Filtration of fast pyrolysis char fines with a cross-flow moving-bed granular filter

 

Filtration of fast pyrolysis char fines with a cross-flow moving-bed granular filter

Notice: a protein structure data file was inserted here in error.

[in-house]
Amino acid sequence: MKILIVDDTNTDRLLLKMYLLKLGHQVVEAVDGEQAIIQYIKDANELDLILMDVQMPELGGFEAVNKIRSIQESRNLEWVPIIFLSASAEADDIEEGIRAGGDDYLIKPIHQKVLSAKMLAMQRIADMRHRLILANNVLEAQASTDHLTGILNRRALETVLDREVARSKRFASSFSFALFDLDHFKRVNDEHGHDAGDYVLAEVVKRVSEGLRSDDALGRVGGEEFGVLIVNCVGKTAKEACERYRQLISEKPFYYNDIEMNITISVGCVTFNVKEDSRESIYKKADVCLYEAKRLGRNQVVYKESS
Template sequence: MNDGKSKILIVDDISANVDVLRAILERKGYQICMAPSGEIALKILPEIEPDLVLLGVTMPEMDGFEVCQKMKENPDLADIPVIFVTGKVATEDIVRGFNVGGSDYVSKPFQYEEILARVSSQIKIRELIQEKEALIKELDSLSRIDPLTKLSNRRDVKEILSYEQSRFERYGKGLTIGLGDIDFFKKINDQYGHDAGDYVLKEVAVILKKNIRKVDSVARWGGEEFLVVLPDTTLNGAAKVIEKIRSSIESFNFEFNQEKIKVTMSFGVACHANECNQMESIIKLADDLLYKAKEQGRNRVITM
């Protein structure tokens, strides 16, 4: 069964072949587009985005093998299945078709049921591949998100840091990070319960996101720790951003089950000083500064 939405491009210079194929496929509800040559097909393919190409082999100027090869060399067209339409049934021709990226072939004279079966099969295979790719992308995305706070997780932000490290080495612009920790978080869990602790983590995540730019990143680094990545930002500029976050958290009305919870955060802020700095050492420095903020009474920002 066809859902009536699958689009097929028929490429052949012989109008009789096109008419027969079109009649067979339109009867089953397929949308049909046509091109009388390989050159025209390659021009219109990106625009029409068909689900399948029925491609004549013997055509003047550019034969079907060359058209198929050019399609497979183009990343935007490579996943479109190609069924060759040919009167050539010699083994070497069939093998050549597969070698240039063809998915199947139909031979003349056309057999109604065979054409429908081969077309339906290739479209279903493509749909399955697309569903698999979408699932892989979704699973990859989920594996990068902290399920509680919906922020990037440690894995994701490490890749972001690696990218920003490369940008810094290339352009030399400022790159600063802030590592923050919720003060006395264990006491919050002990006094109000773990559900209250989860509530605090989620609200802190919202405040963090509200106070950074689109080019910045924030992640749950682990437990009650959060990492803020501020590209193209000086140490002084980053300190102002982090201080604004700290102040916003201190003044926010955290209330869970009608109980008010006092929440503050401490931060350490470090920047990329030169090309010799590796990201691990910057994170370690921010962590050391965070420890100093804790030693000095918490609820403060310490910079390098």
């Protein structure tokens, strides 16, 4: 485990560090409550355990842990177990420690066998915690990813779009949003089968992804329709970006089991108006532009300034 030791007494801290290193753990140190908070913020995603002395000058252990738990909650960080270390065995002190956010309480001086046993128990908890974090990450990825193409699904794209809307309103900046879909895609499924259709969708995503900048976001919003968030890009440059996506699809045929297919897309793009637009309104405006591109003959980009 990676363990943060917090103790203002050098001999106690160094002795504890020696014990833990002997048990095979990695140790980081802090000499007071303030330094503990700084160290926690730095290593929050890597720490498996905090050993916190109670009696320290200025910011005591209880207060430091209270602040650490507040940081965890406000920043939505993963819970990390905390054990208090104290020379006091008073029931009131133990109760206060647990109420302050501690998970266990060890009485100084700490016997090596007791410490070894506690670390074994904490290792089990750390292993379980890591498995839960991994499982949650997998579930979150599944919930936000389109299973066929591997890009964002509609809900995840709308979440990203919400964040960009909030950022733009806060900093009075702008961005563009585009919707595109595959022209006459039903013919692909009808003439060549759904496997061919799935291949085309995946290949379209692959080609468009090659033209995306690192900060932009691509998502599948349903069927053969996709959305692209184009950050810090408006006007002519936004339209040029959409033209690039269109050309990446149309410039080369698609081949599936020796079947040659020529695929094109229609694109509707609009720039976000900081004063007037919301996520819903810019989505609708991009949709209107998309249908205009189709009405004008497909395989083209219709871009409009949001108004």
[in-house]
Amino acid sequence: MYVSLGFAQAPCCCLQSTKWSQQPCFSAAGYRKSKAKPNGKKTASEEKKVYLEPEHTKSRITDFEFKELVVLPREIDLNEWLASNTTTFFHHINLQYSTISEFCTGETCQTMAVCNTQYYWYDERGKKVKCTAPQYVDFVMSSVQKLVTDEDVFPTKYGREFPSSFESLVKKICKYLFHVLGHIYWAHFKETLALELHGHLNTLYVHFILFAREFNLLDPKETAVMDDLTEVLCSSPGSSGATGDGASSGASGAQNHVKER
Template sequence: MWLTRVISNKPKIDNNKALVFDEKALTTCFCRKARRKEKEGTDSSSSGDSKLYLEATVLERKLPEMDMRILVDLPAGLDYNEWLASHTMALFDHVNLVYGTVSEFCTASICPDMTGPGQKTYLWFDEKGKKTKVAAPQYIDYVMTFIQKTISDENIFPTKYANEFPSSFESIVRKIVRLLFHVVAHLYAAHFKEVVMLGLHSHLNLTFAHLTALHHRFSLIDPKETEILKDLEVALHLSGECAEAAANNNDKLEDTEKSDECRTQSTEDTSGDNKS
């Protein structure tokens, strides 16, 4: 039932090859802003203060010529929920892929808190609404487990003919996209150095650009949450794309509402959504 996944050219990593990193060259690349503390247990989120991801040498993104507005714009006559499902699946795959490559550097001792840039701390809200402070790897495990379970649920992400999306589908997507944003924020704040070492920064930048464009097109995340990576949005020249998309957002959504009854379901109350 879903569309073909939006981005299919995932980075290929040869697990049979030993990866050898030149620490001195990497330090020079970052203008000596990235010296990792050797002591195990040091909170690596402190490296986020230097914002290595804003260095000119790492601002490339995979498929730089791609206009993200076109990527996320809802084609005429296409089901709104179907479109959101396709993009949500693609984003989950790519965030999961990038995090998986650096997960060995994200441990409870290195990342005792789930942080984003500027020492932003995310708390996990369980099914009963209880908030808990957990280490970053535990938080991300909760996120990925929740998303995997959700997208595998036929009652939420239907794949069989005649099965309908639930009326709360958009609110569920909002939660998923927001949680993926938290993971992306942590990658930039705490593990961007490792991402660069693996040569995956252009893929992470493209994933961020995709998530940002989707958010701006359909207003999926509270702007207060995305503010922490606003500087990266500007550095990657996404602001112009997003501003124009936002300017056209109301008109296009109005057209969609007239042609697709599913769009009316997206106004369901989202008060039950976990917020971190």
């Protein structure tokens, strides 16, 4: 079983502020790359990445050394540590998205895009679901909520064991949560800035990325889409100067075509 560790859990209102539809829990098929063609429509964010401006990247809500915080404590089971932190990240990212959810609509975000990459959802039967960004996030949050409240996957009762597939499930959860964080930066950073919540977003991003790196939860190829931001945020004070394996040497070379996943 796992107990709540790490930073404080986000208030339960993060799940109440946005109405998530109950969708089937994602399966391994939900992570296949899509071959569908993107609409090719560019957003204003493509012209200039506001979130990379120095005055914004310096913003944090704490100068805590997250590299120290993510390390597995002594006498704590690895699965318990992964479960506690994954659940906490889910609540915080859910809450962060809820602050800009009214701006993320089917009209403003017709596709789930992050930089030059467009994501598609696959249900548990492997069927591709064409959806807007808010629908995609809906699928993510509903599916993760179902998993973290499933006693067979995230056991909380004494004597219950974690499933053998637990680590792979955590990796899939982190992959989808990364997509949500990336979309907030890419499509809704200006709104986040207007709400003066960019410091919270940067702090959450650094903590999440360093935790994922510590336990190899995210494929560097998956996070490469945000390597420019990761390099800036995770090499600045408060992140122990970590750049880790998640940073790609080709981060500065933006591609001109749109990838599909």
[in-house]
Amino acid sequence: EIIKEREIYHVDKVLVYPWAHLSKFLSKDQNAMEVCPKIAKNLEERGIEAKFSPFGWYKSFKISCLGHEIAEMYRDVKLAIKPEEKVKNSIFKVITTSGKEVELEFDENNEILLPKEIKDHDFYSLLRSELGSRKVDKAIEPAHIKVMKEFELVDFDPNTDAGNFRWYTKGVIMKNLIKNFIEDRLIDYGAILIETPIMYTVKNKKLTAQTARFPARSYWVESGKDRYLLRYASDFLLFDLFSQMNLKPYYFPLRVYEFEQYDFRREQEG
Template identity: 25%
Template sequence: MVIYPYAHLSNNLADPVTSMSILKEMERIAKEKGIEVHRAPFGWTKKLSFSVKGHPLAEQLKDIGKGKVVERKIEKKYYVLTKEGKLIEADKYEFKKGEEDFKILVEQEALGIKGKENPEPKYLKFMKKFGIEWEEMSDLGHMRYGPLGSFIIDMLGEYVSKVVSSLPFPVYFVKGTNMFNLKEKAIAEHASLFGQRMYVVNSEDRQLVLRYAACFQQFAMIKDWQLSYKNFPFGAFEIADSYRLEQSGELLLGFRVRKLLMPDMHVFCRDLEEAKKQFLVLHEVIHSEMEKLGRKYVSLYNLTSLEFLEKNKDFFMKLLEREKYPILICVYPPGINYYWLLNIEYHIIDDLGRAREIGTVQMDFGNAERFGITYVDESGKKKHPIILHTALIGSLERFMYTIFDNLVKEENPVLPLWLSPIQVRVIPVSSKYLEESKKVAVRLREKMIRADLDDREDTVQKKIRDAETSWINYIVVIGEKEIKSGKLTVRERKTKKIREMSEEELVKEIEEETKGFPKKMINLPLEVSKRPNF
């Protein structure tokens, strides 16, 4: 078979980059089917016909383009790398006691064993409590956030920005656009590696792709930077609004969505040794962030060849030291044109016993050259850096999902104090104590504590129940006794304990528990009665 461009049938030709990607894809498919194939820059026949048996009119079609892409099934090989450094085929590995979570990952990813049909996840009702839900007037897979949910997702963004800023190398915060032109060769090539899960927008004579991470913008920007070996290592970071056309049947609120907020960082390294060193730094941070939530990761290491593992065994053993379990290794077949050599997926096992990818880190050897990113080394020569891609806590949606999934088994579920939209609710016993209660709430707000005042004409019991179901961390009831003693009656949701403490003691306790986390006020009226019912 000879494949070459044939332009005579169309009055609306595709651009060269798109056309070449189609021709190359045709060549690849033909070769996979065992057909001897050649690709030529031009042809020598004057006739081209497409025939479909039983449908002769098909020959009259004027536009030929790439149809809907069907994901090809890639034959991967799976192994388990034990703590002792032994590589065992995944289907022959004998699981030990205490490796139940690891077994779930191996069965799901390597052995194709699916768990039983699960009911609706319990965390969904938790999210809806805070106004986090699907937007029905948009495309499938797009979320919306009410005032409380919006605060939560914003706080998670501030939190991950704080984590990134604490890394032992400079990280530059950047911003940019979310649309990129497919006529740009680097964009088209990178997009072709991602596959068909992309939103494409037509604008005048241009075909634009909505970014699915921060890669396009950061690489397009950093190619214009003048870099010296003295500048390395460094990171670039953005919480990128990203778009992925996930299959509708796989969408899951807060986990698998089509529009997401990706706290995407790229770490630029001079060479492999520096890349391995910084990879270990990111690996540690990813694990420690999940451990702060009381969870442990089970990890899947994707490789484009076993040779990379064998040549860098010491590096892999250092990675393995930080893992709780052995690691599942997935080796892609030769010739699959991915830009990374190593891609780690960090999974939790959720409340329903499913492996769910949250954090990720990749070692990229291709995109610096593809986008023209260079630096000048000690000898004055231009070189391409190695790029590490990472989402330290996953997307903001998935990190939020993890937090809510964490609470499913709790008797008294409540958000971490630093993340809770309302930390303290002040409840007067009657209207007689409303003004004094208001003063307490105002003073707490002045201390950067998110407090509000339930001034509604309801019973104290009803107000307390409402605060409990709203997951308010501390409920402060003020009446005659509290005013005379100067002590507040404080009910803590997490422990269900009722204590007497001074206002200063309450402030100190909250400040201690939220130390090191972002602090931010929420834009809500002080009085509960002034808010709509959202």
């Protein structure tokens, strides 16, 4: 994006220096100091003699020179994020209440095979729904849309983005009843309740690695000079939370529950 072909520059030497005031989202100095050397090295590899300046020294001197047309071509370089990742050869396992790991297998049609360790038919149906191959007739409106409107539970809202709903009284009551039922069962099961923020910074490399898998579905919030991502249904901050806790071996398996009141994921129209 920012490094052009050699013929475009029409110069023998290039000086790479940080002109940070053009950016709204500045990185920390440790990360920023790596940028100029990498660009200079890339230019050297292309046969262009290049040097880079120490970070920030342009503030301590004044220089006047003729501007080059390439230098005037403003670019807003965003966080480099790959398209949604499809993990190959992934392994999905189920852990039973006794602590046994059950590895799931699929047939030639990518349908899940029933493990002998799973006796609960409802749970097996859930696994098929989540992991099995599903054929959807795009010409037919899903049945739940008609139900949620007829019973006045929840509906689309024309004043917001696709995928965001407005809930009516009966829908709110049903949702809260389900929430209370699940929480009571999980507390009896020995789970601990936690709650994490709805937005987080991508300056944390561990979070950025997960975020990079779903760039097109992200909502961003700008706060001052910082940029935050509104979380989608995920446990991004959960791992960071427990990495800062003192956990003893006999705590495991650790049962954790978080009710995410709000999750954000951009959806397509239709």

Abstract A cross-flow moving-bed granular filter was investigated for its performance to filter the fast pyrolysis char-laden gas with an aim to elucidate the influence of the number of filtration stages, the filter media size and mass flow rate on the collection efficiency of the filter and the pressure drop across the bed. The results showed that the two-stage filtration gave higher collection efficiency than the one stage, especially for small filter media size. The decrease of the filter media size significantly increased the collection efficiency, while slightly increased the pressure drop. In addition, the increase of the mass flow rate led to the reduction in the collection efficiency. Within the scope of the parameters investigated, the maximum collection efficiency of the granular filter was 99.79% which occurred when applying single stage filtration with the filter media size and the mass flow rate of 0.425–0.600 mm and 8 g/min, respectively. Graphical abstract The current work aims to elucidate the effect of the number of filtration stages as well as the size and mass flow rate of granules on the collection efficiency and pressure drop of a cross-flow moving bed granular filter. The results obtained from this work would be beneficial to optimising the parameters of the filter applied in fast pyrolysis process in order to minimise the char content of bio-oil. Keywords Char finesFast pyrolysisFiltrationGranular filterMoving-bed 1. Introduction Fast pyrolysis of biomass is widely regarded as a renewable technology for production of liquid fuel. It is a high temperature process in which biomass is quickly heated in oxygen-deficient environment to form pyrolysis vapour and the residue is char. The vapour is rapidly cooled and condensed to produce a so-called bio-oil product, a mixture of water and organic compounds with trace amount of char fines. Several applications of bio-oil have been proposed [1]. One of the most important characteristics of bio-oil that limit its use as fuel is the change of viscosity after storage for a period of time, which is often known as stability. The bio-oil stability is thought to be related to the solids or char content. Although, the quantity of char particles in bio-oil is very small, they could cause troubles in gas turbines, nozzles or pumping system such as corrosion, erosion or plugging. As a consequence, the presence of char fines in bio-oil is undesirable and their removal is crucial. Hot gas filtration was promoted as a method for removing the char particles from pyrolysis vapours [2]. Among the available approaches for hot gas clean-up, the ceramic candle barrier filters and granular bed filters are most promising. The granular bed filters have greater advantages over the ceramic candle type as the former could employ low-cost refractory filter for a very high temperature. The granular bed filters can be classified as fixed bed, fluidised-bed or moving bed. The first one is very efficient, but the pressure drop can increase significantly over time. In addition, the fluidised bed and moving bed have advantages over the fixed bed as they could be continuously operated and regenerated at lower pressure drop. The configurations of the granular bed filters could be co-current, counter-current or cross-flow. In co-current mode, the gas typically enters the bed at the top and flows from the cleanest granules to the dirtiest granules, whereas in the counter-current filter the gas flows from the dirtiest to the cleanest granules. In a cross-flow granular filter, the gas perpendicularly flows through the downward-flow moving bed. Different configurations of the moving bed granular filters have different advantages and disadvantages and a lot of research has been carried out on these filters. Zevenhoven [3] studied the removal of particulates from gas in coal fire power plant using a counter-flow moving bed granular filter in conjunction with the use of an electrostatic precipitator for improving the collection efficiency. The efficiency of the filter was 80–98% when operated at 850 °C and 10 bar and it decreased with gas pressure. Brown et al. [4] evaluated the performance of a counter-current moving bed granular filter by using similitude theory to devise experiments that were conducted at ambient conditions. They investigated the effect of dust ratio (the ratio of ash flow to the granular filter media flow) and granule size on the performance of the filter. They found that the dust ratio did not influence the performance, but the granule size did. The granule size of 2 mm gave higher collection efficiency and pressure drop than that of 4 mm. They reported that more than 99% collection efficiency could be achieved. In 2007, Bai et al. [5] investigated the performance of a circulating cross-flow moving bed granular filter with conical louvre plates (CGBF-CLPs) in terms of the collection efficiency and pressure drop by varying the mass flow rate and the size of the filter media as well as the dust/collector particle types. They reported the maximum collection efficiency of 99.5% when applying cyclone as the dust/collector particle type. They also reported that the dust collection efficiency was relative to the effects of the solids mass flow rate, the collector particle size, the separator type and pressure drop. Chen et al. [6] tested a cross-flow moving granular bed filter and reported a maximum collection efficiency of 99.95% when applying a filtration superficial velocity of 30 cm/s. They also concluded that the filtration superficial velocity and the mass flow rate of the filter granules affected the dust removal efficiency in that the dust particulate collection became difficult when the filtration superficial velocity and/or the mass flow rate of the filter granules was either too high or too low, thus leading to poor collection efficiency. Recently, El-Hedok et al. [7] evaluated the effect of granular flow rate on the performance of a counter-current moving bed granular filter designed for hot gas filtration of fine char particles produced during fast pyrolysis of biomass. They concluded that when increasing the granular flow rate or decrease the residence time of the granular filter media, the hold-up of char in the filter could be reduced. All of the previous works showed that the gas flow rate, the granular filter size and granular mass flow rate influenced the collection efficiency and pressure drop of the moving bed granular filters. Nevertheless, the effect of the number of filtration stages, which is another important process parameter, on the performance of a moving bed granular filter is not well-understood, especially in a cross-flow one. Therefore, the current work aims to elucidate the effect of the number of filtration stages as well as the size and mass flow rate of granules on the collection efficiency and pressure drop of a cross-flow moving bed granular filter. The results obtained from this work would be beneficial to optimising the parameters of the filter applied in fast pyrolysis process in order to minimise the char content of bio-oil. 2. Experimental apparatus and procedures 2.1. Materials There were two main materials employed in this work, which included the filter media and the char fines. The filter media was water gravel from Ping River of Thailand with particle size ranges of 0.425–0.600, 0.850–1.160 and 2.000–2.360 mm each of which had a poured bulk density of 1383.33, 1448.53 and 1463.33 kg/m3. The poured bulk density was measured by allowing the particles to flow freely and gently into a container of a known volume, which was measured by a density at room temperature (about 30 °C). The weight of the material divided by the known volume was calculated as the bulk density (kg/m3). The surface characteristics of the filter media granules analysed by a scanning electronic microscope (JEOL JSM 5800 LV) is illustrated by Fig. 1(a)–(b). The char fines were the solid product obtained from fast pyrolysis of agricultural residues and its bulk density was 245.60 kg/m3. The initial size distribution of the char fines analysed by a laser particle size analyzer (MALVERN Mastersizer S) was in the range of 0.060–409.450 μm. In addition, the surface characteristics of the char fines were analysed using the same SEM instrument as shown in Fig. 1(c)–(e). It can be seen from the micrographs that the char particles are in longitudinal shape.